Japanese junior high school students and 6th grade elementary school students (N=933) participated in a questionnaire survey regarding emotional problems. The study first tested a model in which self-worth mediated the effects of antecedent factors (alienation in the classroom, and teacher attitudes) on emotional problems. The data indicated that classroom alienation was a strong predictor of emotional problems, whereas teacher attitudes did not have a direct influence on emotional problems. In addition, multi-sample analysis revealed a gender difference in this model. The data also indicated that self-worth buffered the influence of classroom alienation on emotional problems. It appears that children with greater self-worth had less emotional problems, despite feeling more alienated.
[ Key Words ] Emotional problems, Self-worth, Classroom alienation, Teacher attitudes, Buffering effect



Fujita, Aya iOita Prefectural College of Arts and CulturejD Turn-Taking Behavior of Preschool Children Playing a Fishing Game: Analysis of the Criteria and the Leader in Turn-Taking Behavior. THE JAPANESE JOURNAL OF DEVELOPMENTAL PSYCHOLOGY 2007, Vol.18, No.3, 227-235.
Preschool children played a fishing game in pairs, sharing a single fishing pole in = 104, 52 pairs; mean age of younger pairs = 5 years; mean age older pairs = 5 years 11monthsjDAnalysis of videotapes of the 10- minute games indicated that the older pairs took turns with the pole by using clearer criteria than did the younger pairs. This age difference was especially notable among girls, as the older children with the fishing pole led in the turn-taking behavior more often than did children in the younger pairs. These findings suggested that older children, particularly girls, are more considerate of others in a game situation compared with younger preschool children.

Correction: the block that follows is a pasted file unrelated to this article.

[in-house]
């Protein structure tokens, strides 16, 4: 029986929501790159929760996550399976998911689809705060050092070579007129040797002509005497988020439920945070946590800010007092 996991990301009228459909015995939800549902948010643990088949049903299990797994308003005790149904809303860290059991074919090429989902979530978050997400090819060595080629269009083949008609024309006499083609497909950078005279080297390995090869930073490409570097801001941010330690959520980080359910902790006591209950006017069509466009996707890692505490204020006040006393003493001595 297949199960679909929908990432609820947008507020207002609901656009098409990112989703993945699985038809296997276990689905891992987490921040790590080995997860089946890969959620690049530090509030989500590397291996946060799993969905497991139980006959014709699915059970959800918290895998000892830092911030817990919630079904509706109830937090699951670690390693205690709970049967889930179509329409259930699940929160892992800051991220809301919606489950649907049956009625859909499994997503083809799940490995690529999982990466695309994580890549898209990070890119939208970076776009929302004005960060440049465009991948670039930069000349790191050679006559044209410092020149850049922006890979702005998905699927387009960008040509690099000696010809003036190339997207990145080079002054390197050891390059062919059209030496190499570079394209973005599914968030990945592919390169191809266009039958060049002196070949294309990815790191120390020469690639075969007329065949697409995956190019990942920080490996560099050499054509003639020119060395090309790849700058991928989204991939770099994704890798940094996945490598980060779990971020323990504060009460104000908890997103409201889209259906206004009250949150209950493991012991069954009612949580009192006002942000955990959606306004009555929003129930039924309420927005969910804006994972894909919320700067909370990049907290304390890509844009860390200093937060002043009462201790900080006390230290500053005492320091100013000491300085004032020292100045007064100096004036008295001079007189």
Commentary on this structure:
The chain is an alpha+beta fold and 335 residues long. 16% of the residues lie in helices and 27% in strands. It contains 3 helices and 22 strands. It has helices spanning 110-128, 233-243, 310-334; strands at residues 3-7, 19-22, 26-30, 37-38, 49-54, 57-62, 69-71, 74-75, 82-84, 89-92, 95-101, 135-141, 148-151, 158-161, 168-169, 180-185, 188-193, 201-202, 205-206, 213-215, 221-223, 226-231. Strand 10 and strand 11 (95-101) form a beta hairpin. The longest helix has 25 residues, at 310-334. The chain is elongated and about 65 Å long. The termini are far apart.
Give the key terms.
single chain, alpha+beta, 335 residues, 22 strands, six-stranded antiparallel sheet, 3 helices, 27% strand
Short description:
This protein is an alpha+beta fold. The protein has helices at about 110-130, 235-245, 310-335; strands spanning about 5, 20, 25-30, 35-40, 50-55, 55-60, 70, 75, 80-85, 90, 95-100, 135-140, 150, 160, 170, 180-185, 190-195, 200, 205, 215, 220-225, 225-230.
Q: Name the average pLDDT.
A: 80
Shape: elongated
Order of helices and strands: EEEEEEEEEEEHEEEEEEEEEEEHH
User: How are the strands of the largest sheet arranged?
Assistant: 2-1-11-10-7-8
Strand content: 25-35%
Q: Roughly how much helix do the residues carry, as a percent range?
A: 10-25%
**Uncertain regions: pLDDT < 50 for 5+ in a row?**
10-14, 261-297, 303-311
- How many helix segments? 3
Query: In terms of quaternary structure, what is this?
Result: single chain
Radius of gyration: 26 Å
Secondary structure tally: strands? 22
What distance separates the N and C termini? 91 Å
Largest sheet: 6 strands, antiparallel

[ Key Words ] Turn-taking behavior, Peer relationships, Preschoolers, Game situation, Play



Toyama, Noriko iTsuda Collegej & Obayashi, Michiyo iNakajima Elementary SchooljD Childrenfs Awareness of Rights to Privacy and to Know. THE JAPANESE JOURNAL OF DEVELOPMENTAL PSYCHOLOGY 2007, Vol.18, No.3, 236-247.
Three experiments examined childrenfs awareness of rights to privacy and the right to know. In Experiment 1, 4th, 6th, and 8th graders, and undergraduate students, judged whether three types of individual information should be disclosed in a classroom newspaper. The 4th graders, like the older children and college students, distinguished between public vs. personal matters. That is, public matters like school activities were not assumed to be private, whereas personal items such as a diary and petty cashbook were assumed to be kept from the public view. In Experiment 2, the same four age groups evaluated whether a student should show his ggoodh or gbadh personal diary to a teacher, and whether a salesclerk should reveal her customerfs telephone number to a ggoodh or gbadh person. Elementary school children tended to respond that the ggoodh diary could be shown, and that the telephone number could be given to a ggoodh person. In Experiment 3, 4th graders and the older participants all showed awareness that even gbadh personal matters should be disclosed if such disclosure is recognized as being in the public interest.
[ Key Words ] Childrenfs rights, Privacy rights, Right to know, Social cognition, Social judgment